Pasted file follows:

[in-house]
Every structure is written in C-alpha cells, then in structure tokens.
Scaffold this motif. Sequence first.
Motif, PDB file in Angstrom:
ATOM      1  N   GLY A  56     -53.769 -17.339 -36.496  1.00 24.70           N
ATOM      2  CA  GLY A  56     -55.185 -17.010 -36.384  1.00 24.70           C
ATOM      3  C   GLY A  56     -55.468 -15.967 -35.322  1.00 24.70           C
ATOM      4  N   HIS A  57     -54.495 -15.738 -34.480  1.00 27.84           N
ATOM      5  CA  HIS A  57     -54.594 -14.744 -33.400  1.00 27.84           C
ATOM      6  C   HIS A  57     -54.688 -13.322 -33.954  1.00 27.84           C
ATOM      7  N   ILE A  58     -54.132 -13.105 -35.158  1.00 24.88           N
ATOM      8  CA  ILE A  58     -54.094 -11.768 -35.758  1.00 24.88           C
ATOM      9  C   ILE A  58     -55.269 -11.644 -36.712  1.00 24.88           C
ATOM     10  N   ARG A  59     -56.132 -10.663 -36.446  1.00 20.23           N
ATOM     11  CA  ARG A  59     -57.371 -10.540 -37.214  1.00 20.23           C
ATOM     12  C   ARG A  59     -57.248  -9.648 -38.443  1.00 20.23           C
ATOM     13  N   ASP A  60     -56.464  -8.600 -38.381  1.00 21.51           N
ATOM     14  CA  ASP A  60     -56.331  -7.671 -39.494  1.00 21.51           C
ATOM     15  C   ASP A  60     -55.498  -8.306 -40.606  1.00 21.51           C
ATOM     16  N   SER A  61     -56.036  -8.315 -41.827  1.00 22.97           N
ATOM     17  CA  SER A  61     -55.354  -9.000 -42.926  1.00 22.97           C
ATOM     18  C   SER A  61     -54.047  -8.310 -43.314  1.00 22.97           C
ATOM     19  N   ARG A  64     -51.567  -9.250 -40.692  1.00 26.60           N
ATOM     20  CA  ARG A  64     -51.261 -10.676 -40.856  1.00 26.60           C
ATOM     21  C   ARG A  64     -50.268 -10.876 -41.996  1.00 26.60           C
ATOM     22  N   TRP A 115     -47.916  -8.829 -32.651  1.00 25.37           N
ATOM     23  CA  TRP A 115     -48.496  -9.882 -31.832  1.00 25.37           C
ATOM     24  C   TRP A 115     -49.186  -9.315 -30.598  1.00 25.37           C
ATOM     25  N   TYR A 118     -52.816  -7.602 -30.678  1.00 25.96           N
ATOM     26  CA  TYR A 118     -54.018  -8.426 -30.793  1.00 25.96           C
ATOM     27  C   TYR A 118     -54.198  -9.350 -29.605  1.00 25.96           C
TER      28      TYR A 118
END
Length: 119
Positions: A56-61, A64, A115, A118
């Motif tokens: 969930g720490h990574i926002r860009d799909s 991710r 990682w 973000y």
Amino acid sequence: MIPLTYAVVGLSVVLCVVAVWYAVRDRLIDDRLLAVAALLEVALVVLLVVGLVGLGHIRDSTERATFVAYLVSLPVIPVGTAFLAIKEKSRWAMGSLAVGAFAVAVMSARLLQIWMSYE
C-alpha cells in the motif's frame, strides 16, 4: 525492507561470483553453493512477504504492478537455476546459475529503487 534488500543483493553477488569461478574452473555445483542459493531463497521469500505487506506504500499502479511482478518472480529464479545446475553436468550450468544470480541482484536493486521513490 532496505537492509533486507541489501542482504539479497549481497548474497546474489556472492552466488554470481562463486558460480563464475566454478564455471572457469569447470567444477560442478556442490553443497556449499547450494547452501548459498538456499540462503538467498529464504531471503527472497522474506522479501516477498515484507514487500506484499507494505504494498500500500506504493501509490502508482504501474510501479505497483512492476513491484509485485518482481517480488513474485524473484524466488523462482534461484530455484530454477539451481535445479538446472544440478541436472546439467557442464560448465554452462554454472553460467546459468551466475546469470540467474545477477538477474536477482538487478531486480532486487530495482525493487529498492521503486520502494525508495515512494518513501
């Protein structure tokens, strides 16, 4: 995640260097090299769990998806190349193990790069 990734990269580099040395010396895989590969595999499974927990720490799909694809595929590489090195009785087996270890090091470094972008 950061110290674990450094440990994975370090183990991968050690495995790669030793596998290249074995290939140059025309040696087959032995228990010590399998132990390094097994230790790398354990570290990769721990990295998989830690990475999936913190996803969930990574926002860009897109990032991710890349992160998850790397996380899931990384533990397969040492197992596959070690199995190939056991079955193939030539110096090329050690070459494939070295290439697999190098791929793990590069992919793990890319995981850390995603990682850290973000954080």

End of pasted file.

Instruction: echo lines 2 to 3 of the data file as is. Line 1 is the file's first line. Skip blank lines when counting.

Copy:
Every structure is written in C-alpha cells, then in structure tokens.
Scaffold this motif. Sequence first.